Pitt Auto Show Offers a Second Look at U.S. Concepts
The Pittsburgh Auto Show, usually held in February, was postponed by more than two months because the convention center was broken. No, really: a truck drove through a loading bay and triggered a collapse of part of the floor. The good news is that the show opens today as scheduled. The tough news for the show’s organizers is that they’ve lost the “edge” in terms of dramatic unveilings and the like–after Detroit and New York, the energy around new and concept cars has fizzled a bit.
In some ways, though, that’s a good thing. The Pittsburgh show gives us a second look at some of the concept cars that made appearances at the earlier events, especially the ones from American manufacturers. The Chrysler Nassau, for example, didn’t grab headlines in Detroit: with all the new ideas and big-picture concepts out there, the relatively understated Nassau made less of a splash than the folks at Daimler Chrysler probably had hoped. Perhaps at Pittsburgh, the car will get the attention it deserves.
It’s an interesting concept, though you wouldn’t know it from the press release. Whoever thought it would be a good idea to pitch the Nassau by comparing it to English “shooting brakes” needs a stern talking-to from Doctor Z!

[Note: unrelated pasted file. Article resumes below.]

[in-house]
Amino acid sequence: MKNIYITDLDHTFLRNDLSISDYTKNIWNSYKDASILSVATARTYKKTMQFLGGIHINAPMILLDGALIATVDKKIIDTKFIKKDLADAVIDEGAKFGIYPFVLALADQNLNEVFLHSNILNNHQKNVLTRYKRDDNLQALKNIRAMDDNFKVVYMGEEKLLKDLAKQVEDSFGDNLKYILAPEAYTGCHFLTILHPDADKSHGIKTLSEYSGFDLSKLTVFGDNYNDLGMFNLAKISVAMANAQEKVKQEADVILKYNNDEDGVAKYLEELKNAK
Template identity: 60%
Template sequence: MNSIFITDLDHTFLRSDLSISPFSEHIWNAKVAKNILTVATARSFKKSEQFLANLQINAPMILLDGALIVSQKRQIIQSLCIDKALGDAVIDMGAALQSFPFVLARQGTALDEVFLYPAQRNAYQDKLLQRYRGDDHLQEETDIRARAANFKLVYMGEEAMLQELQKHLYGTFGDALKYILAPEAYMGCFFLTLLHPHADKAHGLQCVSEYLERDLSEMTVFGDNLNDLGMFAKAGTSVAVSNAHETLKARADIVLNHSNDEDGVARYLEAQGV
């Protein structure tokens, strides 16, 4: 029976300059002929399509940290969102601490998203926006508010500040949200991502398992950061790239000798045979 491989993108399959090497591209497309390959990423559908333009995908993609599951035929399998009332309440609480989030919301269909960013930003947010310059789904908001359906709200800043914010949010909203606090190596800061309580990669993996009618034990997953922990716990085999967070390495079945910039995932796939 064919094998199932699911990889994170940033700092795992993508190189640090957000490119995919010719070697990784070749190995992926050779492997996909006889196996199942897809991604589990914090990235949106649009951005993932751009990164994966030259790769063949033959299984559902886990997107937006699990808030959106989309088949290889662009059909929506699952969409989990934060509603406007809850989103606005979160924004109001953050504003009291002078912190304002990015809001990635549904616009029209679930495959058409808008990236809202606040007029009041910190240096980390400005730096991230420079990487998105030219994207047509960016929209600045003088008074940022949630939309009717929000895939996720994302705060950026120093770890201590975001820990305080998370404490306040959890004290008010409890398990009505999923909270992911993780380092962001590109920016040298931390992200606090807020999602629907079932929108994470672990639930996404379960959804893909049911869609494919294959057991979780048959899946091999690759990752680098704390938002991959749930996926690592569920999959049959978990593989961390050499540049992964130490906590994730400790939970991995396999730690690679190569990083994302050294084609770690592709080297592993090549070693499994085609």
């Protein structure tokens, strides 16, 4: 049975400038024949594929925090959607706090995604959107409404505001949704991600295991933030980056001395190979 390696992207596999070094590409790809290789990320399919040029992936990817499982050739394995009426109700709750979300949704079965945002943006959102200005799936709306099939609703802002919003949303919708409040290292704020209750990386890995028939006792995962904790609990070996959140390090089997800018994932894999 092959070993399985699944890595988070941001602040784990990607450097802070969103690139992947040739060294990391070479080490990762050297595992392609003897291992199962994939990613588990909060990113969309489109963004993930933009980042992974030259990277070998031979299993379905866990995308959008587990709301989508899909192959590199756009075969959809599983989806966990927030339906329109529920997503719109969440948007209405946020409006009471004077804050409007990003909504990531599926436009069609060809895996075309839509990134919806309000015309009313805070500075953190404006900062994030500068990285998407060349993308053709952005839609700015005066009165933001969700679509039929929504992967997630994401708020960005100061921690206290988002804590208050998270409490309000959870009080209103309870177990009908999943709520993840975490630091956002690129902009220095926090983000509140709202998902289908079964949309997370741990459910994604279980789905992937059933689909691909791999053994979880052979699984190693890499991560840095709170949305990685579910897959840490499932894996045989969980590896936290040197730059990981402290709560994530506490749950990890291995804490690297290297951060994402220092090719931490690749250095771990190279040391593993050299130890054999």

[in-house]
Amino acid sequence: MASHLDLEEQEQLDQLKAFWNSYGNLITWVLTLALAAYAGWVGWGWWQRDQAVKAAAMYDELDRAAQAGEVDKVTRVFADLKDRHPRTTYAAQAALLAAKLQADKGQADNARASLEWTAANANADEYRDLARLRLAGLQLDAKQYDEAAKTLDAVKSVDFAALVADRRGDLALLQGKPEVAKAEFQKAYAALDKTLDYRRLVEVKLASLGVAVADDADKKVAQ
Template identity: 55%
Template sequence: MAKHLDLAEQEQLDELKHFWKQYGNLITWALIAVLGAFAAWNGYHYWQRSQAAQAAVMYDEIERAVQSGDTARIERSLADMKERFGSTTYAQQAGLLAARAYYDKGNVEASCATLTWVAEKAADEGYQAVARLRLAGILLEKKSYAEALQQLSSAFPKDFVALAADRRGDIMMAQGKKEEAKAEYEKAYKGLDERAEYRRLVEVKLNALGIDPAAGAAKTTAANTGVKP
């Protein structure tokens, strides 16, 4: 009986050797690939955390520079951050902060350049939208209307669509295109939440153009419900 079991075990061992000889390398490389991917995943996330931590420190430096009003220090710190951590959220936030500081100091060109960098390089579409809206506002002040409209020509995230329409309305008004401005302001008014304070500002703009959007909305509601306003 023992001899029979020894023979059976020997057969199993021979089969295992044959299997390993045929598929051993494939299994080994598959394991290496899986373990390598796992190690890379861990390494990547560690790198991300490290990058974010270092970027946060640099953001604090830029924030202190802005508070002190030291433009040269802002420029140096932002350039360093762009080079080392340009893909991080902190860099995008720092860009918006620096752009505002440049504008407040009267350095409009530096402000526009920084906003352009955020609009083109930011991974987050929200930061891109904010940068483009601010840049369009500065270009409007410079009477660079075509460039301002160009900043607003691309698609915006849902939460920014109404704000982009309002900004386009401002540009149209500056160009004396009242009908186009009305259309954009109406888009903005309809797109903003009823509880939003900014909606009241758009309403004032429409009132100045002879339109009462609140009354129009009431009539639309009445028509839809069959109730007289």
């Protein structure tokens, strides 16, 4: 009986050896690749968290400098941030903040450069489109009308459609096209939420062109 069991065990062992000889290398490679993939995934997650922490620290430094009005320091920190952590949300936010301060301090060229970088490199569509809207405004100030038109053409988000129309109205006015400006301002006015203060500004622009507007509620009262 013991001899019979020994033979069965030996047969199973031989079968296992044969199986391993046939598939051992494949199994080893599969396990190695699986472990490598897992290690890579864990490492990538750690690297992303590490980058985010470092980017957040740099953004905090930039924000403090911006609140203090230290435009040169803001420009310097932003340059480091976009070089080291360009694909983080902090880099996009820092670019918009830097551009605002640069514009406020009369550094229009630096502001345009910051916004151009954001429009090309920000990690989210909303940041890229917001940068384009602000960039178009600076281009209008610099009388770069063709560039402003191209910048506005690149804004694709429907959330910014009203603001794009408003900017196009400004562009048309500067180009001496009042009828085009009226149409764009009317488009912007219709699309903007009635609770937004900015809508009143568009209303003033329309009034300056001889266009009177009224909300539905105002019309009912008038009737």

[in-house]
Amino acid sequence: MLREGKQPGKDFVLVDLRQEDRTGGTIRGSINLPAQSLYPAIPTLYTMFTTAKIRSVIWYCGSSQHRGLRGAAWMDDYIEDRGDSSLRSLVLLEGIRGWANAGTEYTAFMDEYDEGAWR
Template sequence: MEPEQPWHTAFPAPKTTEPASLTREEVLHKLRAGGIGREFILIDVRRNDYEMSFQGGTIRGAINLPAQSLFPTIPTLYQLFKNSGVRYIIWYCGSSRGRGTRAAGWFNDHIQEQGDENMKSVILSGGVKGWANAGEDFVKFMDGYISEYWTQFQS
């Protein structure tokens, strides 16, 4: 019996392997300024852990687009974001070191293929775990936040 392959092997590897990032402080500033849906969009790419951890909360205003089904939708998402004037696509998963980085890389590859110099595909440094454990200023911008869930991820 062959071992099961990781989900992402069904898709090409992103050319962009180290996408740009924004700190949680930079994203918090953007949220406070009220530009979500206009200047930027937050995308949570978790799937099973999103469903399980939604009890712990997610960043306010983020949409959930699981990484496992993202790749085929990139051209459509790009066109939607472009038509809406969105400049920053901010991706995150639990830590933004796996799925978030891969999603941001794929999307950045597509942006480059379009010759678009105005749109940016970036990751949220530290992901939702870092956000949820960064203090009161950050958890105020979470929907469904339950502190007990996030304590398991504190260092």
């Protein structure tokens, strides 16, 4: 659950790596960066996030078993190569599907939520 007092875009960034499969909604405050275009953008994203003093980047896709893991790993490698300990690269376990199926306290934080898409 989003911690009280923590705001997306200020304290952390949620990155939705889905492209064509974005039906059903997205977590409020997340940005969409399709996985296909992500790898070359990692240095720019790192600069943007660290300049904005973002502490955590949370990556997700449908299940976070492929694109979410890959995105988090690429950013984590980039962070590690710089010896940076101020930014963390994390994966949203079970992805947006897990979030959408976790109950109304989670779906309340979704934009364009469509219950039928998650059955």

The core of the Nassau concept is simple, really. It’s a luxury sedan with a hatchback. See? No blather about “shooting brakes” is needed; it’s as easy as the old Reese’s Peanut Butter Cup commercials to understand. Two great tastes that taste great together.
Or you could think of it as a PT Cruiser that doesn’t look like a toy schoolbus. Or a station wagon that has a bit of flair. Or a lighter-weight crossover with the feel of a limo. The key to the Nassau is that it’s low-slung (and hence, presumably, nimble on the roads) and yet simultaneously roomy and flexible.
In other words, an idea whose time has come, right? Well, according to most of the automotive press, not so fast. Everyone from Car and Driver to Popular Mechanics is proclaiming the Nassau a false start. The hatchback concept, especially, has come in for some harsh criticism.
And so I’m interested in what the Pittsburgh crowds will think of the Nassau. The appeal of the design seems obvious to me–a car that can deliver the comfortable ride of a luxury sedan along with the flexibility and cargo capacity of a hatchback makes sense to anybody who’s tried to load a cart full of groceries into a car filled with dogs and kids. A lot of us Generation X’ers miss the giant station wagons of our childhood; the Nassau offers that kind of room without the top-heavy boxiness of the Honda Element or the Toyota Scion.
Gas prices aren’t going anywhere but up, at least for the near future. I think every automaker would do well to think about new solutions to the age-old question of how to balance comfort and efficiency. And given the theme of the Pittsburgh show, “Fantasy to Reality”, the Nassau seems like one interesting answer!
For more about the Pittsburgh Auto Show, check its website.
More about the Chrysler Nassau at MotorTrend.com.